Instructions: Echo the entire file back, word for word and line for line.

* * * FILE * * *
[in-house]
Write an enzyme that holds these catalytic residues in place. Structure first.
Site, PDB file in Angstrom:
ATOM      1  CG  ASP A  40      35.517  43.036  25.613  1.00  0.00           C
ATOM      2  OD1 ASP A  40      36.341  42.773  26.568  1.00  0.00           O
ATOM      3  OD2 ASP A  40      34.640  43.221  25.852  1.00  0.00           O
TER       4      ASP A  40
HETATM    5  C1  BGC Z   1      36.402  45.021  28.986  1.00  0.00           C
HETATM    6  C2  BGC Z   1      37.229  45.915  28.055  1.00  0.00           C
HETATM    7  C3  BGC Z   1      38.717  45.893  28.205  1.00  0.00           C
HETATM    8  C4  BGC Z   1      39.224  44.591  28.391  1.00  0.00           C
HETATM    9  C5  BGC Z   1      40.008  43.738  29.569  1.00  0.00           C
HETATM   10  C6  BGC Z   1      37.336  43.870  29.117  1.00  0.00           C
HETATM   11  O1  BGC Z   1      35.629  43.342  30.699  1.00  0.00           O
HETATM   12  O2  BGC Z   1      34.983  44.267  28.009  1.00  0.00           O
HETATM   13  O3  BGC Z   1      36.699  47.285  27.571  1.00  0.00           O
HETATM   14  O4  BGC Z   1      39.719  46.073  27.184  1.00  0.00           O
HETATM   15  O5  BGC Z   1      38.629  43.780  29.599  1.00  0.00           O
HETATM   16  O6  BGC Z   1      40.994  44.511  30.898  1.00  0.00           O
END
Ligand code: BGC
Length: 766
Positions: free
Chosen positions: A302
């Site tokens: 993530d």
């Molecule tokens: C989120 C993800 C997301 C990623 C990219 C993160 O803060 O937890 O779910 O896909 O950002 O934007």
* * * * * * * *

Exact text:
[in-house]
Write an enzyme that holds these catalytic residues in place. Structure first.
Site, PDB file in Angstrom:
ATOM      1  CG  ASP A  40      35.517  43.036  25.613  1.00  0.00           C
ATOM      2  OD1 ASP A  40      36.341  42.773  26.568  1.00  0.00           O
ATOM      3  OD2 ASP A  40      34.640  43.221  25.852  1.00  0.00           O
TER       4      ASP A  40
HETATM    5  C1  BGC Z   1      36.402  45.021  28.986  1.00  0.00           C
HETATM    6  C2  BGC Z   1      37.229  45.915  28.055  1.00  0.00           C
HETATM    7  C3  BGC Z   1      38.717  45.893  28.205  1.00  0.00           C
HETATM    8  C4  BGC Z   1      39.224  44.591  28.391  1.00  0.00           C
HETATM    9  C5  BGC Z   1      40.008  43.738  29.569  1.00  0.00           C
HETATM   10  C6  BGC Z   1      37.336  43.870  29.117  1.00  0.00           C
HETATM   11  O1  BGC Z   1      35.629  43.342  30.699  1.00  0.00           O
HETATM   12  O2  BGC Z   1      34.983  44.267  28.009  1.00  0.00           O
HETATM   13  O3  BGC Z   1      36.699  47.285  27.571  1.00  0.00           O
HETATM   14  O4  BGC Z   1      39.719  46.073  27.184  1.00  0.00           O
HETATM   15  O5  BGC Z   1      38.629  43.780  29.599  1.00  0.00           O
HETATM   16  O6  BGC Z   1      40.994  44.511  30.898  1.00  0.00           O
END
Ligand code: BGC
Length: 766
Positions: free
Chosen positions: A302
């Site tokens: 993530d």
């Molecule tokens: C989120 C993800 C997301 C990623 C990219 C993160 O803060 O937890 O779910 O896909 O950002 O934007």